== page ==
Nursing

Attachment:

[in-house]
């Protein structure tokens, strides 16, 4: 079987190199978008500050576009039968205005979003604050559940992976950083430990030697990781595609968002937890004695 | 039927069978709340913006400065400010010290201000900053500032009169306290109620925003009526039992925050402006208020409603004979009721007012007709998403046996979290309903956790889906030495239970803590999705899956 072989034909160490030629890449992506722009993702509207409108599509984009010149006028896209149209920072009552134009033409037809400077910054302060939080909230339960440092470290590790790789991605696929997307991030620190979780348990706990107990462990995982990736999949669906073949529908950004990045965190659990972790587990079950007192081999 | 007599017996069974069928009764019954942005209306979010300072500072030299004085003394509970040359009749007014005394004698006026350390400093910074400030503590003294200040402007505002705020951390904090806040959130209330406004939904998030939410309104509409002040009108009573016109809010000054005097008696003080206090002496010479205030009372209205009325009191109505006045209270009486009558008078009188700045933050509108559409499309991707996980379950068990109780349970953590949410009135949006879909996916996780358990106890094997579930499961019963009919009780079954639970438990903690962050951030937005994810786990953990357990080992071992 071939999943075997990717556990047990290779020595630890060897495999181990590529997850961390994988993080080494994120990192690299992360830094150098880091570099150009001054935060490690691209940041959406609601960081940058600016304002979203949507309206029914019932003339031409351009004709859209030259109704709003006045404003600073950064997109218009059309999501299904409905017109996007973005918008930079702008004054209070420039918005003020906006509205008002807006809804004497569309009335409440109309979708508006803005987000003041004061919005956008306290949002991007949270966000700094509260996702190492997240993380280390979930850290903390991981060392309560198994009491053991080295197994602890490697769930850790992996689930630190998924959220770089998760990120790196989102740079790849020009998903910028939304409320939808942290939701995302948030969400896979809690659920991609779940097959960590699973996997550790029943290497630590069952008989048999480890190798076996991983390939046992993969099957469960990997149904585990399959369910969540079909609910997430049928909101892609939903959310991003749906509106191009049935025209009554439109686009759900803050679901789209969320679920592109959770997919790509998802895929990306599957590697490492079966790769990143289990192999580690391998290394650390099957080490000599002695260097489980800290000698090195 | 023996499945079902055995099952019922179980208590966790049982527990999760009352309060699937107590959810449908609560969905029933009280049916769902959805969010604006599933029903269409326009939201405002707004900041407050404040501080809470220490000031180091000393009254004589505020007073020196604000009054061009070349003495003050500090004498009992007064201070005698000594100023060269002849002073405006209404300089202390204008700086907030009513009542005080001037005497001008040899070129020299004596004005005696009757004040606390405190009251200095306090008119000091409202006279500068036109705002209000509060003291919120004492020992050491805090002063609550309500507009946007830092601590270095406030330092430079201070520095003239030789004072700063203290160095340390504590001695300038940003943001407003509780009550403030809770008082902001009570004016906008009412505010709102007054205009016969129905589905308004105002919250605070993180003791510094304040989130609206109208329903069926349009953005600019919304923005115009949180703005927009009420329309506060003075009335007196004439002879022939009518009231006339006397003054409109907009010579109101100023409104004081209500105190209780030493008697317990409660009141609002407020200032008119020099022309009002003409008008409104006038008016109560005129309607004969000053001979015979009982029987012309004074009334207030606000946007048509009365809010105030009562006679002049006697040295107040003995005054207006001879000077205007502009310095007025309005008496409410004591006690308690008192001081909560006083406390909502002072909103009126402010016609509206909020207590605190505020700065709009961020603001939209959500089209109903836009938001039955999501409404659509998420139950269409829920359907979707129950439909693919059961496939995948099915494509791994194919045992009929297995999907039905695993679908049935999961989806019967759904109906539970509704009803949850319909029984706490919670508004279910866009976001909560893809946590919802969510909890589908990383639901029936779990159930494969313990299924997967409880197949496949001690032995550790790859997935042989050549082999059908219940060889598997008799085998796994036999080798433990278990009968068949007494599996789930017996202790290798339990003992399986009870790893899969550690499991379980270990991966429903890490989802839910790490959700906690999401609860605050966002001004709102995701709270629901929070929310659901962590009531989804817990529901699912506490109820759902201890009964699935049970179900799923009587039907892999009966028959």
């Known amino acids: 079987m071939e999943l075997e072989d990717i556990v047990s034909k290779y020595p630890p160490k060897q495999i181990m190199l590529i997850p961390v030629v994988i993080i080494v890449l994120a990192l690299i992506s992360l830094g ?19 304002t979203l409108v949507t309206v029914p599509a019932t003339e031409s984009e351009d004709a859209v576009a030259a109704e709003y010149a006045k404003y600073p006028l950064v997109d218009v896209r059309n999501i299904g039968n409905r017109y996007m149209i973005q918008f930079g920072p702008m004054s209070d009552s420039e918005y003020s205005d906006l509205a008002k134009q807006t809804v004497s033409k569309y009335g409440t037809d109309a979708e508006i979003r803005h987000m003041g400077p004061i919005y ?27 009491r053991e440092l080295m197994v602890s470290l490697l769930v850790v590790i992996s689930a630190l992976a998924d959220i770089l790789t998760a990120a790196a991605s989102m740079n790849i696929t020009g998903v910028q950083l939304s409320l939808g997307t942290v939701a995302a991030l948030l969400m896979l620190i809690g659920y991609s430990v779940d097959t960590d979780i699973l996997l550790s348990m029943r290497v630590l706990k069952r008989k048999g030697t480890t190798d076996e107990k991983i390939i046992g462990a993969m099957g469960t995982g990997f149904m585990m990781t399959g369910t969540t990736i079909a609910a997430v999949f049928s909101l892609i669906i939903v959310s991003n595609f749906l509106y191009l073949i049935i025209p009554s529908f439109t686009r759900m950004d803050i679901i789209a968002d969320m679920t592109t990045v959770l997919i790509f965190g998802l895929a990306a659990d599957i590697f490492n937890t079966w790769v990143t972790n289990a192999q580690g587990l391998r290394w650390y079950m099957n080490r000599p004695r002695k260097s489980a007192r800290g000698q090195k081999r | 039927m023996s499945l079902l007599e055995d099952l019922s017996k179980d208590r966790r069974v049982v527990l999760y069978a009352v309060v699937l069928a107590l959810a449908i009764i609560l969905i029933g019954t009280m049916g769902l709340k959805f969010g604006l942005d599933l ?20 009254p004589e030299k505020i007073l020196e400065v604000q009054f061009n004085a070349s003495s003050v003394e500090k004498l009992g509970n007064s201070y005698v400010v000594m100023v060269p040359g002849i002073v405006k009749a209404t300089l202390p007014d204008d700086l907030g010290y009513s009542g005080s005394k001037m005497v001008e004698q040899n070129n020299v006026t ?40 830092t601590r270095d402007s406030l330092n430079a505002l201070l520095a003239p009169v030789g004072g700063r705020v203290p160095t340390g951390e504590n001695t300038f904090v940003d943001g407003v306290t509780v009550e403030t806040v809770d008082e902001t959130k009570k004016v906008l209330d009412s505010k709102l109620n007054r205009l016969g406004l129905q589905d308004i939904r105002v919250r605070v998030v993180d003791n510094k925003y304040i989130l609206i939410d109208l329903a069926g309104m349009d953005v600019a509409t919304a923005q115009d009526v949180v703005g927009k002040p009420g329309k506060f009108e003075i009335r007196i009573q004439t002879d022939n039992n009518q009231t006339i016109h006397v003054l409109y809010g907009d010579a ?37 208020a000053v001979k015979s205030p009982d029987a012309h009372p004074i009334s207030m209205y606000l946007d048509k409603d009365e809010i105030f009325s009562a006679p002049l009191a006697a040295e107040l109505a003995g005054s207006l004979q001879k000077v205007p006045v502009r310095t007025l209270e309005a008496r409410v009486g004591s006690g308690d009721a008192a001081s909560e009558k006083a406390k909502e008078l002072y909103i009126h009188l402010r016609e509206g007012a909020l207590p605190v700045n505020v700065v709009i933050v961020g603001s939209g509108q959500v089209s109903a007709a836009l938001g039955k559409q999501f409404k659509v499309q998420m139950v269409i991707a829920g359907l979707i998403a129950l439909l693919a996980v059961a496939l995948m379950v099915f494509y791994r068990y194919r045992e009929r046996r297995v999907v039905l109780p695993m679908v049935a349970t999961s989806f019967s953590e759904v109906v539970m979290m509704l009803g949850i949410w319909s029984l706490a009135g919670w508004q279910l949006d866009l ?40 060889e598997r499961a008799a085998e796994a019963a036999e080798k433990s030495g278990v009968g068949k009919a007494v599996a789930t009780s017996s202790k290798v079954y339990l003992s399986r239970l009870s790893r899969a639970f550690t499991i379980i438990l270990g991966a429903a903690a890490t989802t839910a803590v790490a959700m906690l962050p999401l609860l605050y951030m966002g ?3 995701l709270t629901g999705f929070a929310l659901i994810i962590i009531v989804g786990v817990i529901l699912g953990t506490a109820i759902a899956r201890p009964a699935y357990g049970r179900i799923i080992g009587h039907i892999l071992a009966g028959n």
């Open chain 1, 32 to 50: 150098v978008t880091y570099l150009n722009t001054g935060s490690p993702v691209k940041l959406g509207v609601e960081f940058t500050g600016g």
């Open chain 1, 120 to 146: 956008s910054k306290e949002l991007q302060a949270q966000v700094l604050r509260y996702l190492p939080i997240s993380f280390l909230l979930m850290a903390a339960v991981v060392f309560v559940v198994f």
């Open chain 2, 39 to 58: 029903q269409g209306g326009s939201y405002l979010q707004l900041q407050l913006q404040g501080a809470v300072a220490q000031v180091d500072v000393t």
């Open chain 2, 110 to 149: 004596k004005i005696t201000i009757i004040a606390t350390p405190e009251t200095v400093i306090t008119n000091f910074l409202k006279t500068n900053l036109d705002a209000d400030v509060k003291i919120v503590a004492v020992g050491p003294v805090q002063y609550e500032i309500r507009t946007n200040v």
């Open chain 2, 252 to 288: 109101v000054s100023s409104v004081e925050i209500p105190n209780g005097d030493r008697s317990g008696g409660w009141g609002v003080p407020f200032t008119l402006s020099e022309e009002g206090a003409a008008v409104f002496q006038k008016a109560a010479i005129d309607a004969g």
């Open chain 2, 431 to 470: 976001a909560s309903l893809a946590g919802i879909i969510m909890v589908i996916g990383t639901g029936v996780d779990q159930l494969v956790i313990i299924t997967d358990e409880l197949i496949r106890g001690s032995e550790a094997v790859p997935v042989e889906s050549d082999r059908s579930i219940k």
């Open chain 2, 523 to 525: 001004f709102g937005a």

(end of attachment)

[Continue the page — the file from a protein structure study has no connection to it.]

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There are two distinct models of disability that seek to empower those with disabilities- the medical model and the social model. The medical model refers to a disability as a “physical or mental impairment of the individual and its person with social consequences. It regards the limitations faced by people with disabilities as resulting primarily, or solely, from their impairments” Wasserman et al (2011). Under the medical model people are defined by their illness or medical condition. The medical model sees people with disabilities as dependant and in need of medical treatment in order to be cured. The medical model is often referred to as the individual model as it believes that the individual must adapt to conform to their social and physical surrounding. The social model of disability is “a reaction to the dominant medical model of disability which in itself is a functional analysis of the body as machine to be fixed in order to conform with normative values” Paley, J. (2002). The social model is a framework of information that focuses on changes required of society to achieve equality for people with disabilities. The area identified as requiring work are attitudes, social support, information, physical structures and flexibility at work. The social model also reverses the role of the individual and society seeing society as the problem and not the individual. According to the Union of the Physically Impaired against Segregation "it is society which disables physically impaired people. Disability is something imposed on top of our impairments by the way we are unnecessarily isolated and excluded from full participation in society" (UPIAS) 1975. The phrase social model was derived from philosophical and conceptual developments surroundings the subject and was coined in 1983 by disabled lecturer Mike Oliver. The social model revolutionized perceptions of people with disabilities. It gained the support of people with disabilities and many human rights...
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